Microservices have received a lot of attention over the last few years. As an architectural style it delivers a lof of benefits compared to a Monolith application, but there’s no doubt that it comes with the cost of a distributed system (such as discoverability, fault tolerance, data consistency just to name a few).
I believe a Microservice architecture shouldn’t be your starting point. Instead, it should be the result of applying Evolutionary Architecture and Domain Driven Design principles to your system, balanced with a analysis of the maturity stage of your product (both from a business and technology perspectives).
While building uSwitch car insurance we followed exactly these principles; since the beginning of the project until today we refined our architecture based on our increased understanding of the business needs, moving from a monolith by choice system to a well defined microservices architecture that keeps evolving and improving.
If I look back at these 3 years I can identify five major stages:
- Fast development cycle
- Support business workflows
- Separation of concerns
- Decouple and scalability
- Leveraging uSwitch technology ecosystem
We wanted to build a new product from scratch and we wanted to go live as soon as possible. Our first architecture was optimized to enable us to have a fast development cycle and the shortest path to production.
Even if at the beginning of our journey we identified two separate concerns:
- serving the actual website
- integration with multiple insurance APIs for real-time brokerage
Although our experience was already suggesting that Microservices could be an excellent solution for the problems we were going to solve, we wanted a fast development cycle minimum friction between changes and access to production; we also didn’t want to get distracted in building solutions that won’t add much value for our Release 1. We explicitly chose to build a monolith Ruby on Rails application, with a well defined internal boundary between the web code and the integration layer.
Once the new product went live sales reports from our partners started to flow in (mostly as CSV files over FTP). With sales data we started to identify KPIs and draw correlation between the web traffic, partner offers and the different conversion rates. We knew that the data aggregation and analysis could be done manually for a short time of period, but we had to automate the workflow before the volume was growing. We therefore introduced a new system responsible for sales data ingestion and for producing analytical dashboard.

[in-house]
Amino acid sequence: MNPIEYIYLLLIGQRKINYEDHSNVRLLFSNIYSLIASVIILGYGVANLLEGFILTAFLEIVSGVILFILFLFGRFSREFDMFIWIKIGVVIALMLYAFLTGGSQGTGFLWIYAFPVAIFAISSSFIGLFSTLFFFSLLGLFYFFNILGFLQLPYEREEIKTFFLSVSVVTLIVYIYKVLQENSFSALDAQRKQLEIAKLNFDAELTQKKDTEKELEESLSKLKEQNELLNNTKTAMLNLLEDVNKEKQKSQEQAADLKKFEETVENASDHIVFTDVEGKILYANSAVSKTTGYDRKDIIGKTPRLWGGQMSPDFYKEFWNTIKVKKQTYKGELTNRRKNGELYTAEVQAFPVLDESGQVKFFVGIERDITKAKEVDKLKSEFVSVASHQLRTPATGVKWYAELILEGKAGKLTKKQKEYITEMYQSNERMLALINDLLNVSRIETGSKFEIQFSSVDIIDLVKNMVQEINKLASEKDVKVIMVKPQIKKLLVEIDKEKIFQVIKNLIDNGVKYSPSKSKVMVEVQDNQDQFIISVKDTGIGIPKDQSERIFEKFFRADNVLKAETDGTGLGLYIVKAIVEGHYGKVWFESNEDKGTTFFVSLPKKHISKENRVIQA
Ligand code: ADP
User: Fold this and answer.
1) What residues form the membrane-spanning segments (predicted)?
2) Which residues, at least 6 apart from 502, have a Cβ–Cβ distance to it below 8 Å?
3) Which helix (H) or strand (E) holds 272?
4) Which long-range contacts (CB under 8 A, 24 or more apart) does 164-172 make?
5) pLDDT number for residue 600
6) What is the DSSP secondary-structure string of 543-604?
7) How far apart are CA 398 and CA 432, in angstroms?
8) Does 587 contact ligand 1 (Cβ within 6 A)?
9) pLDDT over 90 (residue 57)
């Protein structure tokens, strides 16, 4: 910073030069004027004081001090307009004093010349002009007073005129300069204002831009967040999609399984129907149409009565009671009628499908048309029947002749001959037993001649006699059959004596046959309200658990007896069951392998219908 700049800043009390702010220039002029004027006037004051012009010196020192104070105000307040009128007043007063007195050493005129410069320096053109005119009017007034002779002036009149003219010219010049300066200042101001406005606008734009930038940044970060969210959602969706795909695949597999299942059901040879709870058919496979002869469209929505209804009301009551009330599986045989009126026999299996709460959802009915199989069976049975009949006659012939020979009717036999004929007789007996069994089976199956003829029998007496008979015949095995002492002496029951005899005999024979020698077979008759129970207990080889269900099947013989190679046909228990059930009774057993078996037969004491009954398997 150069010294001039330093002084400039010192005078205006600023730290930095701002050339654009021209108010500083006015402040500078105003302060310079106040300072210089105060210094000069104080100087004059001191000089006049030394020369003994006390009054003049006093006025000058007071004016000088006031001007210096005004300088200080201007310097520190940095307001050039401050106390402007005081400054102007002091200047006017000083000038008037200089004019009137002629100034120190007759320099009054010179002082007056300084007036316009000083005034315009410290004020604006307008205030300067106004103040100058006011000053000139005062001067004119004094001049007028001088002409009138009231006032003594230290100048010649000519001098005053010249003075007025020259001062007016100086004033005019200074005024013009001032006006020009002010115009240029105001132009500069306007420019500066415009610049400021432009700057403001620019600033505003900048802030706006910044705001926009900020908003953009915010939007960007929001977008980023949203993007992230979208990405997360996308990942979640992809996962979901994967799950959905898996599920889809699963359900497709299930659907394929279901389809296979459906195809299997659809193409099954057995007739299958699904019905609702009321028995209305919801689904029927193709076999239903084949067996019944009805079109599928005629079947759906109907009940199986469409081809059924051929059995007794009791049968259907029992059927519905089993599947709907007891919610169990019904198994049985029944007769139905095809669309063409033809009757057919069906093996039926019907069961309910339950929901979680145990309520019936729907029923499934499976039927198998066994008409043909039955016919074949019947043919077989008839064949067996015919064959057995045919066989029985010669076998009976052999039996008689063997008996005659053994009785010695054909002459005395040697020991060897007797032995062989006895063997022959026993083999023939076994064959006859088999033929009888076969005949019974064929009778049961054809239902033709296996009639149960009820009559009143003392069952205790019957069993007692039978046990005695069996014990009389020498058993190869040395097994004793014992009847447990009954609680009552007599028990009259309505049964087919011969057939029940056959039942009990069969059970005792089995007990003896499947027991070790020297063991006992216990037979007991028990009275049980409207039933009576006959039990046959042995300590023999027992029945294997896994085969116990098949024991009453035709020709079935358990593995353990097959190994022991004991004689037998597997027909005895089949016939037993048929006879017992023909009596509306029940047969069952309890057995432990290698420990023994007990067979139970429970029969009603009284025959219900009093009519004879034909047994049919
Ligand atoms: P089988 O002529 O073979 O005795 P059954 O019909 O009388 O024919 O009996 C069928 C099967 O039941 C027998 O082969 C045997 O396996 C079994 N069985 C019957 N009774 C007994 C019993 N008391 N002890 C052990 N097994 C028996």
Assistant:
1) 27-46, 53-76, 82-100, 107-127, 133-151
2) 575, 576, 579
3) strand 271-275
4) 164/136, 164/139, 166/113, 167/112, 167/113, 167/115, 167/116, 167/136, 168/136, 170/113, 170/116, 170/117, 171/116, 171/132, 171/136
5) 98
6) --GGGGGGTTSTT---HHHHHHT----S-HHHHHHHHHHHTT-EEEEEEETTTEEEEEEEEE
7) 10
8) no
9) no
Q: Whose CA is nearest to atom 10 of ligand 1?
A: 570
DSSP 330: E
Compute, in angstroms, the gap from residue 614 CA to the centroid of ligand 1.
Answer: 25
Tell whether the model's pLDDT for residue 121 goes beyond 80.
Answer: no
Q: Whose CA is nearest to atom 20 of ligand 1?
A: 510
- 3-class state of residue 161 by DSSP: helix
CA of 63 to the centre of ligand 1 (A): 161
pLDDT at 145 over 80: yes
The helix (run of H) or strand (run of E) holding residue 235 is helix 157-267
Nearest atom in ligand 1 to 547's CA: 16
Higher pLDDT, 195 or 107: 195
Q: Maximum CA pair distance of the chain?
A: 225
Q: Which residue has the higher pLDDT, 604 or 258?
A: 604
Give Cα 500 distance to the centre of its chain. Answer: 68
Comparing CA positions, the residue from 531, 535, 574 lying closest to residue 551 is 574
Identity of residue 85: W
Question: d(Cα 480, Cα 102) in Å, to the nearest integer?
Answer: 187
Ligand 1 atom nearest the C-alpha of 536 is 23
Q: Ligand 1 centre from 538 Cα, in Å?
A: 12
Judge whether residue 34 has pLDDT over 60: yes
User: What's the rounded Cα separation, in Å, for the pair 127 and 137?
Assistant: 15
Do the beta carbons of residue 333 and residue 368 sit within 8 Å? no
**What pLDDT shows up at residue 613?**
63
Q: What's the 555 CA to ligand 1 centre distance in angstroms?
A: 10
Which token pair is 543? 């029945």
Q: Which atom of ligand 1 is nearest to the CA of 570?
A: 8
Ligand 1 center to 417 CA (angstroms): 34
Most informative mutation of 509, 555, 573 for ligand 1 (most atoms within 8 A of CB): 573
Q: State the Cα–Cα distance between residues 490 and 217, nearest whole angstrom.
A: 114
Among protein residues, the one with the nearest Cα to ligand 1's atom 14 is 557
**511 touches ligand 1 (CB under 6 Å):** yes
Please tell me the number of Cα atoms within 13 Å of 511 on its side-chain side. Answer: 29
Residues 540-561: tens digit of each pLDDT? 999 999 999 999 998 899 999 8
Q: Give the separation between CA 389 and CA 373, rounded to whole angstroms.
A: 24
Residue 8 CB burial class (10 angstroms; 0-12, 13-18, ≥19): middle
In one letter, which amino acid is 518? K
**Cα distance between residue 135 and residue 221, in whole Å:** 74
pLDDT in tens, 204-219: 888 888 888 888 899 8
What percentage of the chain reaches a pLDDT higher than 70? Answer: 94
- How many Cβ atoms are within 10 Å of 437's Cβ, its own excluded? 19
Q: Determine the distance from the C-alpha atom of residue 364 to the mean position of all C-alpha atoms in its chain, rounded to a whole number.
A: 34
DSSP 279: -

In order to give reliable visits to sales conversion rates the newly built dashboard had to have access to some web-centric data(such as number of unique visitors, number of completed journeys etc etc). We introduced a simple REST APIs on the web layer and use cron jobs to do scheduled data transfer from one system to another. This solution allowed us to move forward, and because it was flawed by choice (data duplication, poor resiliency) it forced us to think over time about what we really need in that space.
We knew from the very beginning that the integration layer and the websites were two different contexts; while one is responsible to collect and present information the other is responsible to communicate with the external partners and transform data between multiple representations. The integration layer had been encapsulated at the boundary of the web system so far, but it was now time to reify it in an independent service and let it evolve independently from the web. The new service was responsible for pure data transformation: receiving the internal representation of a user profile, transforming it to the different XML flavours expected by the different integrations and transforming the responses back in a normalized representation ready to be used by our website. We felt that the problem space was a good fit for a functional language and we embraced Clojure. The integration between the website and the new aggregation service was HTTP POST with JSON as data type. We also started understanding more of our analytics need: a Postgres instance logically close the Integration layer became our analytics data source.
At this stage we had consistent traffic and sales to really benefit from a more mature data pipeline and analytics platform. REST style integrations brilliantly supported us until this point but we were at a stage where we wanted to increase system resiliency. uSwitch teams have been long time users of Kafka. Kafka is a distributed message system with an eye on message durability. We decoupled the integration layer from the analytics data store(the data transformation was a stateless service by definition anyway) with a set of Kafka topics and few workers. Now the integration layer was just publishing useful information to the topics, enabling multiple consumers to fetch data to support different needs.
We are now 30 months from the go live and this is our current architecture. The amount of data we produce and collect grew together with our business, and Postgres is not a viable solution anymore. We moved all our long-term analytical data to Redshift, getting us aligned to other uSwitch product teams that were already using it. Redshift now works as cross-channel data warehouse, enabling more in depth analysis and reports than before. We also replaced some of the REST based integrations with more Kafka topics: this gives us better resiliency and the benefit of a set of internal tools build for replayability.